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This is a bit tricky to explain. I'm trying to model a cyclic iterator that would return the next available DataSource(SQL). So infinite calls would just pick the next source nicely. The new twist comes with the idea that one DataSource might be 'busy' or somewhat. That is abstracted as a 'waiting' datasource. This designation must be set by the user. Here is my idea to implement a cyclic db source in addition to skipping specified sources for a certain amount of time.

Members:
    private Map<String,DataSource> dsMap
    private final PriorityQueue<WaitingDataSource> waitingDBList;
    private final Map<Integer, Object> waitingIndexes;
    private int index = 0;
    private Integer betweenInterval;
    private Boolean usingWaitingDB;

The next method:

 @Override
    public DataSource next() {
        index = index % dsMap.size();
        int nextIndex = hasNextDB();
        while(nextIndex != -1 && waitingIndexes.containsKey(nextIndex)) nextIndex = hasNextDB();
        if(nextIndex != -1) {
            index++;
            return dsMap.get(context.get(nextIndex));
        }
        else {
            throw new NoSuchElementException("No databases found.");
        }
    }

The alternative hasNext method:

  public int hasNextDB() {
        if(usingWaitingDB) {
            //if all databases are waiting, see if one is ready to go, or sleep
            if(waitingDBList.size() == dsMap.size()) {
                WaitingDataSource longest = waitingDBList.peek();
                if( (System.currentTimeMillis() - longest.getTimestamp()) < (betweenInterval/1000)) {
                    return -1;
                }
                else {
                    waitingDBList.remove(longest);
                    return longest.index;
                }
            }
            else {
                return index;
            }
        }
        else {
            return index;
        }
    }

Purpose of not using the interface hasNext method: In my original idea, hasNext would simply return false if there are no more datasources available. However, then I would actually have to iterate to find the next datasource if the next one is not available. Additionally, I'm using a priority queue to check if the longest waiting DB has not yet waiting long enough, so we immediately return. Since I already have that, I'm simply returning the oldest's index in the scenario that all databases are full, since we already know which one we want to return.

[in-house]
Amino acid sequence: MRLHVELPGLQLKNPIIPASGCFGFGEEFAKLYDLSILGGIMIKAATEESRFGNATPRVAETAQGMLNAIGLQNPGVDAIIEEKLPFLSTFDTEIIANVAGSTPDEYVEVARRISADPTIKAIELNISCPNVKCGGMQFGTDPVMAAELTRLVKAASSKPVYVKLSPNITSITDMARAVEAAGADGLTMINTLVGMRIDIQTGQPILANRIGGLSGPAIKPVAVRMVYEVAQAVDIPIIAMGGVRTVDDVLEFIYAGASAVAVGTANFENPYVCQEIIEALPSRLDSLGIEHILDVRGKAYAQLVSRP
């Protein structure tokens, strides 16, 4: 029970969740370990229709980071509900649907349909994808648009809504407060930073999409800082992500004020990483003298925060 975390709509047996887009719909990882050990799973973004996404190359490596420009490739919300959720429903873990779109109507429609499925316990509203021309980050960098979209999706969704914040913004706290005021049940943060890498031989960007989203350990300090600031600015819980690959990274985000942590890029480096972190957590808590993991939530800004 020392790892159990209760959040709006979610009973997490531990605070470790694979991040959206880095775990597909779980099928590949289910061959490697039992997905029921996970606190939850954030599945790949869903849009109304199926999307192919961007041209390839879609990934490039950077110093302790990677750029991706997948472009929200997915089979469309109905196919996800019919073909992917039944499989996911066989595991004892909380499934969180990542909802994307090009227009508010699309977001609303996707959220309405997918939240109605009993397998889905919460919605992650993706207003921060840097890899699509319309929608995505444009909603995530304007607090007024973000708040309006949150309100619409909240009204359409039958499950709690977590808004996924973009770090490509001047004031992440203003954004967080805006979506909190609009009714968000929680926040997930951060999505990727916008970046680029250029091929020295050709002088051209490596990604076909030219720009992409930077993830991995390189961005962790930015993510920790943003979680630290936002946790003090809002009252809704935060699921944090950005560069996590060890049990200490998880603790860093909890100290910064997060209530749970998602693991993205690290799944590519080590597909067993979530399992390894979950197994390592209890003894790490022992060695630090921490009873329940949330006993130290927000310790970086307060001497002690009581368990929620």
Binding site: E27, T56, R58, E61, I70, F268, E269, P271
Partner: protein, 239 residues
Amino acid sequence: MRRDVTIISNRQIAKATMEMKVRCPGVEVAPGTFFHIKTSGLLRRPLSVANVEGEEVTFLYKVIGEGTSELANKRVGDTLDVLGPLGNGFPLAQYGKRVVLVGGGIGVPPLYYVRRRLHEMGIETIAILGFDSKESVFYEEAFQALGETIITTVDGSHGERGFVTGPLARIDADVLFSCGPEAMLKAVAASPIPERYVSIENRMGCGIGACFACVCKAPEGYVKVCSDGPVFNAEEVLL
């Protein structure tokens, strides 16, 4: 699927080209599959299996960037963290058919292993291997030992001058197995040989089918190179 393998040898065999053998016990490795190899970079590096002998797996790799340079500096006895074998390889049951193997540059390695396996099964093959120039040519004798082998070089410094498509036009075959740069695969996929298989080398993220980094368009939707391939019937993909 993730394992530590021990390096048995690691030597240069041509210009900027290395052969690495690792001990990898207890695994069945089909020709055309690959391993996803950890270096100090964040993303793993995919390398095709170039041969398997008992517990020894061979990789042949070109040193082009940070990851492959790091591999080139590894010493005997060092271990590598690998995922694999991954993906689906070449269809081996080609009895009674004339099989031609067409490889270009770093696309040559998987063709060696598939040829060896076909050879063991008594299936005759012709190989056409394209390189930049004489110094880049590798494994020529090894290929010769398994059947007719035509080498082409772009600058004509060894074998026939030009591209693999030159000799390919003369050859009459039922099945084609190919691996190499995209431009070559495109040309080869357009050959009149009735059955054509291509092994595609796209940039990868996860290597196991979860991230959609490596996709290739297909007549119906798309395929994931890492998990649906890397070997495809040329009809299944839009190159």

This is to designate a db as unavailable:

 public void addWaitingDB(DataSource ds) {
        waitingDBList.add(new WaitingDataSource(ds, System.currentTimeMillis(), index));
        waitingIndexes.put(index, placeholder);
    }

Here I'm simply keeping track of the indexes that were taken. I initially thought of using an array and just fill the index position with some value, but I didn't want to enforce a limit with the array size.

And the inner wrapper class to the DataSource:

private class WaitingDataSource {
        private final DataSource ds;
        private final long timestamp;
        private final int index;

        WaitingDataSource(DataSource ds, long timestamp, int index) {
            this.ds = ds;
            this.timestamp = timestamp;
            this.index = index;
        }

        public DataSource getDataSource() {
            return ds;
        }

        public long getTimestamp() {
            return timestamp;
        }

        public int getIndex() {
            return index;
        }
    }

The priority list comparator:

waitingDBList = new PriorityQueue<WaitingDataSource>(CONTEXT_JDBC.size(), new Comparator<WaitingDataSource>() {
            @Override
            public int compare(WaitingDataSource o1, WaitingDataSource o2) {
                if(o1.getTimestamp() < o2.getTimestamp()) {
                    return 1;
                }
                else if(o1.getTimestamp() == o2.getTimestamp()) {
                    return 0;
                }
                else {
                    return -1;
                }
            }
        });